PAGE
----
Near future

Our employees in Renton are getting ready for the first 737 MAX to enter the 737 production system next year. Thanks to a loan from our engine supplier CFM International, a full-scale model of the all-new LEAP-1B engine, the exclusive engine for the 737 MAX, is on display in the 737 factory through December. This gives our employees a chance to glimpse part of their near future with the new single-aisle airplane.


A full-scale model of the LEAP-1B engine, the exclusive powerplant for the new 737 MAX, is on display in our Renton factory. Photo by Jim Anderson.


A steady stream of employees checking out the model to see what the near future will bring with the 737 MAX. Photo by Jim Anderson.

The LEAP-1B engine combines the fuel efficiency technology developed and proven on widebody engines such as the GE90 (777) and GEnx (787) with the industry-leading reliability of the CFM56 family. Improvements come from highly durable, light-weight materials and improved airfoil technology. The engine, combined with the Advanced Technology winglets and aero improvements, contributes the majority of the 14 percent fuel efficiency gain over today’s most efficient single-aisle airplanes.


Leaders on the 737 MAX program visit the model powerplant. Photo by Jim Anderson.

The model is on display across from the current CFM56-7B engine build up area in the factory so employees can see how the engines differ.The LEAP-1B is 69 inches in diameter compared to 61 inches on the CFM56-7B. The 737 MAX design, including a new strut and pylon, uses technology similar to what was used on the 787 to better integrate the engine with the wing effectively reducing drag.

Comments (3)

Andrew Boydston (Boise, ID USA):

That's the engine I'll probably ride on, since living in the Northwest. The picture(s) doesn't tell the story of what lies within it. CFM should be proud of its accomplishment. Its a really compact muscle under the wing. It would take years of aero space technology experience to know it. In fact, if you counted all the years experience and education going into this engine, it would total in the thousands of years making this beauty. I can't wait to hear it fire up.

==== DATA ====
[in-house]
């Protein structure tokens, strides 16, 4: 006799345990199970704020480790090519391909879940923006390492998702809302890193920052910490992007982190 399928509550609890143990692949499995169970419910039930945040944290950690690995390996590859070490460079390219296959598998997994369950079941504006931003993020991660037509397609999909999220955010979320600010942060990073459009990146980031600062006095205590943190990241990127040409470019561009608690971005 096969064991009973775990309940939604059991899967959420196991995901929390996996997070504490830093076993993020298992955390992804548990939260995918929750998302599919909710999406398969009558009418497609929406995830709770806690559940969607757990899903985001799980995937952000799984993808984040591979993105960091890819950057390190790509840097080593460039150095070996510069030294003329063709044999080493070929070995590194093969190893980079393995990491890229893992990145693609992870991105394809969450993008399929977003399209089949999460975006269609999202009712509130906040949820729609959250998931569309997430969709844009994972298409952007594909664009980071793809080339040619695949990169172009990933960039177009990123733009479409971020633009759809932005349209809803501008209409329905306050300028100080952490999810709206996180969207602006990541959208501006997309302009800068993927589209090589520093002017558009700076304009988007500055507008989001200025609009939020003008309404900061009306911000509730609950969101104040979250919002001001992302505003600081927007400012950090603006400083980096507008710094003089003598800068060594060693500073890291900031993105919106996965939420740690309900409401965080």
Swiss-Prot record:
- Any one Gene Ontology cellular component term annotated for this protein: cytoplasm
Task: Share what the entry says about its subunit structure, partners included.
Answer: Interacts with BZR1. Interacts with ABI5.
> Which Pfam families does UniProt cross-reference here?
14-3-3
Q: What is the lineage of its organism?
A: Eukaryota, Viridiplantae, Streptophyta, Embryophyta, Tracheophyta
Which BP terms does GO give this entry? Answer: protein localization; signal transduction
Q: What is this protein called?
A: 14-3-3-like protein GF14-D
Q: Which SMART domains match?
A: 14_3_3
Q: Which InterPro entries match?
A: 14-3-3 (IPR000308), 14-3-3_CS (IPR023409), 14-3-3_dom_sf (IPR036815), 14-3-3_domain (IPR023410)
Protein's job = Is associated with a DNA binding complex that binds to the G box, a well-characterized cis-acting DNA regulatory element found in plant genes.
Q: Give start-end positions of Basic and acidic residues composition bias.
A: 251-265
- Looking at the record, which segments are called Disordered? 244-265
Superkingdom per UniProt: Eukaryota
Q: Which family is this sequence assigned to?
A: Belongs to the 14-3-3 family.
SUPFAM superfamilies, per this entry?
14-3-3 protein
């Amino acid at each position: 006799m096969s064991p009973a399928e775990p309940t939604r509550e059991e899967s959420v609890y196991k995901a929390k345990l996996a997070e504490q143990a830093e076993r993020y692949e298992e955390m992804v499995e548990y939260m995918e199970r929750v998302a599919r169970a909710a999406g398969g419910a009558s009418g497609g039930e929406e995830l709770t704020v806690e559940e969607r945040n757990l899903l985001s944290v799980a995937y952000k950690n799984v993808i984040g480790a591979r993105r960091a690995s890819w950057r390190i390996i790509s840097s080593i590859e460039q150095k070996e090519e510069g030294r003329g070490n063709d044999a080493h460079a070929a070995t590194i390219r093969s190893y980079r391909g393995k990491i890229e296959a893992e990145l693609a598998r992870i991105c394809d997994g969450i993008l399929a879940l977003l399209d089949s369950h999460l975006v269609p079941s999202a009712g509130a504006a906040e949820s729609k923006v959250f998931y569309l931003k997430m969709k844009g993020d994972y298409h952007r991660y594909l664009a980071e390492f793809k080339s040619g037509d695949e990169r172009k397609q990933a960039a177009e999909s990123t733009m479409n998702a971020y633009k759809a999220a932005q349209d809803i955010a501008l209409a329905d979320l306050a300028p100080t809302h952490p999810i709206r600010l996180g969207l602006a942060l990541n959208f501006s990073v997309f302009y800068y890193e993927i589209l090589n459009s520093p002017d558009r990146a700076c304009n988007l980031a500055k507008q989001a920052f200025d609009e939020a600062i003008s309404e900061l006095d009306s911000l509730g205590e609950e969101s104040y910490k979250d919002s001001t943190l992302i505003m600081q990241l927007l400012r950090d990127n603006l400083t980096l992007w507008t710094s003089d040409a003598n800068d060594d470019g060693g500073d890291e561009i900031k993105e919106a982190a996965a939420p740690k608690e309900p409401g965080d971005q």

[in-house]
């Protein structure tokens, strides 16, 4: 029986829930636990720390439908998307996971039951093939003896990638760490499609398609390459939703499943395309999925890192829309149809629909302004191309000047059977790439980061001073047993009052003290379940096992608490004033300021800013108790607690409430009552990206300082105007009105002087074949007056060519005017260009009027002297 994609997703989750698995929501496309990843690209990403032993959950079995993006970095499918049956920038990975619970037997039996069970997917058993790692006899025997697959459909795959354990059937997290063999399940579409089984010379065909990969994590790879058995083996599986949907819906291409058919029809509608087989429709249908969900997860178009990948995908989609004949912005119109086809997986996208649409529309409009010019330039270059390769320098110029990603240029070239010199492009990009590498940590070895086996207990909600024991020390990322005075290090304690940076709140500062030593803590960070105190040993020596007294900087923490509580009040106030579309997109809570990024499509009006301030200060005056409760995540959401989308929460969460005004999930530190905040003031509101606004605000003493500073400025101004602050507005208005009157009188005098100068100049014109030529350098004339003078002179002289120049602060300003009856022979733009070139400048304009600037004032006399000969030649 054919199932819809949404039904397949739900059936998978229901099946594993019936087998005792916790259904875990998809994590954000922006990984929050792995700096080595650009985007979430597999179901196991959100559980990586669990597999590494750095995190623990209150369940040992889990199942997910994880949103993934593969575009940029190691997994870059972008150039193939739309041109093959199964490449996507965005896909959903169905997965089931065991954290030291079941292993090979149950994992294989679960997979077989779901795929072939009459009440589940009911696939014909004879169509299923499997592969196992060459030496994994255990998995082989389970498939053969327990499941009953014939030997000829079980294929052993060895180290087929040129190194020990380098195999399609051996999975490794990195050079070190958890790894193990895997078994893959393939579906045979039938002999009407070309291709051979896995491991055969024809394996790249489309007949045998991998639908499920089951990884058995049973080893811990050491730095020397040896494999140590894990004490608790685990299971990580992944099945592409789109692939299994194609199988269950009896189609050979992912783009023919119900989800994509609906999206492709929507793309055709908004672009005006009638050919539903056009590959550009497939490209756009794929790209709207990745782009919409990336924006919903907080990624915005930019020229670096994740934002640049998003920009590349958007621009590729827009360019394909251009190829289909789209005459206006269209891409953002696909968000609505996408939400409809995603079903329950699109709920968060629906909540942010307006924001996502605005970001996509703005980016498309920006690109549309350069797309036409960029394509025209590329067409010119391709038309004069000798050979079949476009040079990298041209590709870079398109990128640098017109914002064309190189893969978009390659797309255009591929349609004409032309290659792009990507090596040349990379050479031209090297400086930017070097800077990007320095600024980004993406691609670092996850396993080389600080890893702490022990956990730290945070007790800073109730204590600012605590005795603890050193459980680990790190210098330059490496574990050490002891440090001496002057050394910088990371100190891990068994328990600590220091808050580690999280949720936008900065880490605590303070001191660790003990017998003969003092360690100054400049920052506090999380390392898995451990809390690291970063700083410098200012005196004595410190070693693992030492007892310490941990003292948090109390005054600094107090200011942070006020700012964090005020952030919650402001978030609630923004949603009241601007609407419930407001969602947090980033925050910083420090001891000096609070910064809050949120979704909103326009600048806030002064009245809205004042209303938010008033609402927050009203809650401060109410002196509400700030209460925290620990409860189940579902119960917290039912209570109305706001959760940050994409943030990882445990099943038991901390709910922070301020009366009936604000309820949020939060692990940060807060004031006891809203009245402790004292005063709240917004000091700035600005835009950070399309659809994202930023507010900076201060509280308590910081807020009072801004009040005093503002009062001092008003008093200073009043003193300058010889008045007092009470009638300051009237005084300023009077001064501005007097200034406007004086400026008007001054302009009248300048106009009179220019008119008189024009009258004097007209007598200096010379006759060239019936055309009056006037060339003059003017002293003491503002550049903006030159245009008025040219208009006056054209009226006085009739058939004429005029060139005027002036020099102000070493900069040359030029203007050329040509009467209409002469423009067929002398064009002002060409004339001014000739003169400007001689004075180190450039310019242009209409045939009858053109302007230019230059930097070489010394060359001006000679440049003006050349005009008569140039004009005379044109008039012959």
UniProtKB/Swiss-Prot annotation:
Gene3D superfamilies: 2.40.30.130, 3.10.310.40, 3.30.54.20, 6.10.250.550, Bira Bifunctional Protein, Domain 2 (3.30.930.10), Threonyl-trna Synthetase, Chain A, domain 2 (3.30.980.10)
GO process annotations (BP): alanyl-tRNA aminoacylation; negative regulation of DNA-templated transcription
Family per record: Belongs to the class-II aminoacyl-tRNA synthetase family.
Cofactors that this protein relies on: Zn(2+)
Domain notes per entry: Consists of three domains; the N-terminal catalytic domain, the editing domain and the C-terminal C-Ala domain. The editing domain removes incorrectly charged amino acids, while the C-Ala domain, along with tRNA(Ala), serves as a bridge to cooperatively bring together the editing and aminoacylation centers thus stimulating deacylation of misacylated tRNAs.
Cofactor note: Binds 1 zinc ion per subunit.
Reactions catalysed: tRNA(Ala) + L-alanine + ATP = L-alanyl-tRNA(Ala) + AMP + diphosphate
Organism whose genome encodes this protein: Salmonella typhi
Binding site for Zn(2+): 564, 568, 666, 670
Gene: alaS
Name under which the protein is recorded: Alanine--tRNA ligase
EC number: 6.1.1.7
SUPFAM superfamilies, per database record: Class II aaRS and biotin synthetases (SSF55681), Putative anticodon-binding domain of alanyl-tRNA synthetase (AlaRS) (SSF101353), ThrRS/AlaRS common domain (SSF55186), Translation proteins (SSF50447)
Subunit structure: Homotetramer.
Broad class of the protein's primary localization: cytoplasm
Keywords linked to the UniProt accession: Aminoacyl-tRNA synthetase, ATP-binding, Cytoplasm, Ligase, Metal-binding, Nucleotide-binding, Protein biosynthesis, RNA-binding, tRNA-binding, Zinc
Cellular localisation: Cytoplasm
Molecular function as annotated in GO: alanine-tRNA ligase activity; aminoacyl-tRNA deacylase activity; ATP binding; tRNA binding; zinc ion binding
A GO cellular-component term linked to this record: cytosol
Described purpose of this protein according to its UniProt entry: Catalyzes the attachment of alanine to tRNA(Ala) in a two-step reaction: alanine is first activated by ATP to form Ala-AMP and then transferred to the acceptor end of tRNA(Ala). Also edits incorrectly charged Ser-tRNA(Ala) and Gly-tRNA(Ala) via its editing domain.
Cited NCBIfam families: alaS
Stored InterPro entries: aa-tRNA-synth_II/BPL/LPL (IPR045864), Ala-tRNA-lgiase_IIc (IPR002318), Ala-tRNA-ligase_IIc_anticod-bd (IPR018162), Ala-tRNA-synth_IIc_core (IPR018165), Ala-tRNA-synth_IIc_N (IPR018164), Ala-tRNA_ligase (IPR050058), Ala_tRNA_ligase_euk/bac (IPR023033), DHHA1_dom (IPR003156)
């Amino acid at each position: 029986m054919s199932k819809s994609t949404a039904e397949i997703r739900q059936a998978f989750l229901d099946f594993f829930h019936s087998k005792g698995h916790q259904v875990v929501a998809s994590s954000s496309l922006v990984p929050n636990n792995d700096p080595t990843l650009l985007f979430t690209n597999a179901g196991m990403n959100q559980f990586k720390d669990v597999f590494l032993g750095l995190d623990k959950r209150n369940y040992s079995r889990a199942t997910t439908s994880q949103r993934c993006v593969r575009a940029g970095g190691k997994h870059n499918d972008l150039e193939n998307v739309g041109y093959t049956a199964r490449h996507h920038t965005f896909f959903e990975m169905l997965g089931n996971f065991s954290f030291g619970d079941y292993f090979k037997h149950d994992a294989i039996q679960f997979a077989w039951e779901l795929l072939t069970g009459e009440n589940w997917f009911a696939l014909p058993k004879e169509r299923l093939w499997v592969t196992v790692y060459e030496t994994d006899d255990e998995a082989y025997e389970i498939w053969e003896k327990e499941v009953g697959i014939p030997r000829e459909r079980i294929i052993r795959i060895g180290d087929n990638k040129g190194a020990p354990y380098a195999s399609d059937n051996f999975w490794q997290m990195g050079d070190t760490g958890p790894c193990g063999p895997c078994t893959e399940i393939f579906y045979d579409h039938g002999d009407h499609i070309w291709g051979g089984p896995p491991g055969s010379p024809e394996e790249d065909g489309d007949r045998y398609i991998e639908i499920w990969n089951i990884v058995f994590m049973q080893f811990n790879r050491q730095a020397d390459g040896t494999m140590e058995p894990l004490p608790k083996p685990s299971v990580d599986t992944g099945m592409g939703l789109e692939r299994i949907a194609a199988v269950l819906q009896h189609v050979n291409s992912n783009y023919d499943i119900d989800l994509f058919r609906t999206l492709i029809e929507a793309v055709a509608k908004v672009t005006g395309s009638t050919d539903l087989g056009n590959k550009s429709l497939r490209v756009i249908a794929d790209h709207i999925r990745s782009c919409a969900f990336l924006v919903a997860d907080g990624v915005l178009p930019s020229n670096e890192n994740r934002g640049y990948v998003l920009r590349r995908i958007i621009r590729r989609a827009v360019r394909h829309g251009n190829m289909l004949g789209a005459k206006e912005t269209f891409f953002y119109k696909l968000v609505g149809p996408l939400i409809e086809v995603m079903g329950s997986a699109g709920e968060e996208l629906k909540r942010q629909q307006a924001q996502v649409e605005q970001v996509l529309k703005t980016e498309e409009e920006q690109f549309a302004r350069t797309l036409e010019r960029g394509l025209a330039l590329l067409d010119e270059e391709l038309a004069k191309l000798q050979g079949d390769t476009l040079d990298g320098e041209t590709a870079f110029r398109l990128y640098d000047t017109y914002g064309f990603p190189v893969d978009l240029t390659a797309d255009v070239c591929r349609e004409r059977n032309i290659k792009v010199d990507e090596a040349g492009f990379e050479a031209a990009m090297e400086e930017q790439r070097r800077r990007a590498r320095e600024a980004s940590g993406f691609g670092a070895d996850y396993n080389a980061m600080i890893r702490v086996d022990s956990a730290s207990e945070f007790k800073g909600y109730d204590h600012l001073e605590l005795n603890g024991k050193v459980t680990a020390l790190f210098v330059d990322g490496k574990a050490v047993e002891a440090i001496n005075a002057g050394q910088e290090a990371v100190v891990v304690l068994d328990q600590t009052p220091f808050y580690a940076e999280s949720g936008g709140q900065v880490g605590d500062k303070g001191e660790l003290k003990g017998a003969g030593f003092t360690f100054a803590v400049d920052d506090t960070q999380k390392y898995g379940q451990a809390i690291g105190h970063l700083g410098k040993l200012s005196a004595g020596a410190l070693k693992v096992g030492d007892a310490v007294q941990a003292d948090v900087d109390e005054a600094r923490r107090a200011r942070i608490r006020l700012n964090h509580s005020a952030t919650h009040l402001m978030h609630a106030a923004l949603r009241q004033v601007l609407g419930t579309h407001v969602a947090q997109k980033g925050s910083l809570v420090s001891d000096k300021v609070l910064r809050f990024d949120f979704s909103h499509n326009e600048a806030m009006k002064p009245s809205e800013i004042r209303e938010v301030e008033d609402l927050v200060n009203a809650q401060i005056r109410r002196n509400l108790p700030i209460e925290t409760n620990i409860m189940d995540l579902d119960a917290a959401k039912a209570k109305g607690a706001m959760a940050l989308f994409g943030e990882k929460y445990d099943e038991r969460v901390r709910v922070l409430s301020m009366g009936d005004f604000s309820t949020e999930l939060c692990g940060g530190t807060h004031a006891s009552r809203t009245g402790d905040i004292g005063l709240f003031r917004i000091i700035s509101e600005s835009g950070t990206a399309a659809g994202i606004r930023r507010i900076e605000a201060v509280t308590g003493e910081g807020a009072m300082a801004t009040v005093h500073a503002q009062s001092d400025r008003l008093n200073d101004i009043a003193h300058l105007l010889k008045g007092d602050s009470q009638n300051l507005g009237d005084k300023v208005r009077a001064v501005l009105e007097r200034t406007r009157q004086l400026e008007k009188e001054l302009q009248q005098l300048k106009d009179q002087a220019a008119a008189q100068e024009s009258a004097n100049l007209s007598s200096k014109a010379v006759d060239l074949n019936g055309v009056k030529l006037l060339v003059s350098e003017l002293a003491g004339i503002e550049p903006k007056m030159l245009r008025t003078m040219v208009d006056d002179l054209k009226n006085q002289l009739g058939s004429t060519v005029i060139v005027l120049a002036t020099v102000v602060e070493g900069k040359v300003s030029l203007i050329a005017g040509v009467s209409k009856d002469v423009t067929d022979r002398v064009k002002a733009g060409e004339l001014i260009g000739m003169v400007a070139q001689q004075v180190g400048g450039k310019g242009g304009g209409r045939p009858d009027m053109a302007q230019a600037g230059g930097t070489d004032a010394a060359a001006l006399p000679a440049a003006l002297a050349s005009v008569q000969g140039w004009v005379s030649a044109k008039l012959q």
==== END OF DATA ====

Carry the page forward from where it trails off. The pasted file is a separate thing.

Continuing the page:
Randy, please, if you have a block test video of this engine running, please share on your Journal. I would love to see a preliminary look of this CFM running during testing.

As always, thank you in advance for any requests that can be accepted.

Daryl (Houston):

It is amazing just how close we are to see the Max coming down the line. Great photos and congrats to the team as you keep getting closer.

Alan (San Jose, CA):

Nice! Will the production engines have those cool electric-blue highlights, too, or is that just an artifact of the digital photography? Just wondering.

Post a comment

We welcome your comments. However all comments are moderated and may not post immediately. Offensive or off-topic comments will not be posted. We will not treat any comments you submit as confidential information. Please do not submit comments that contain any confidential information belonging to anyone else.

By submitting a comment to Randy's Journal, you agree to our site terms and privacy policy, and to having your name displayed with your comment. All or part of your comment may be posted or cited in the blog. Your name and personal information will not be used for any other purpose, and we will not publish your e-mail address.


More posts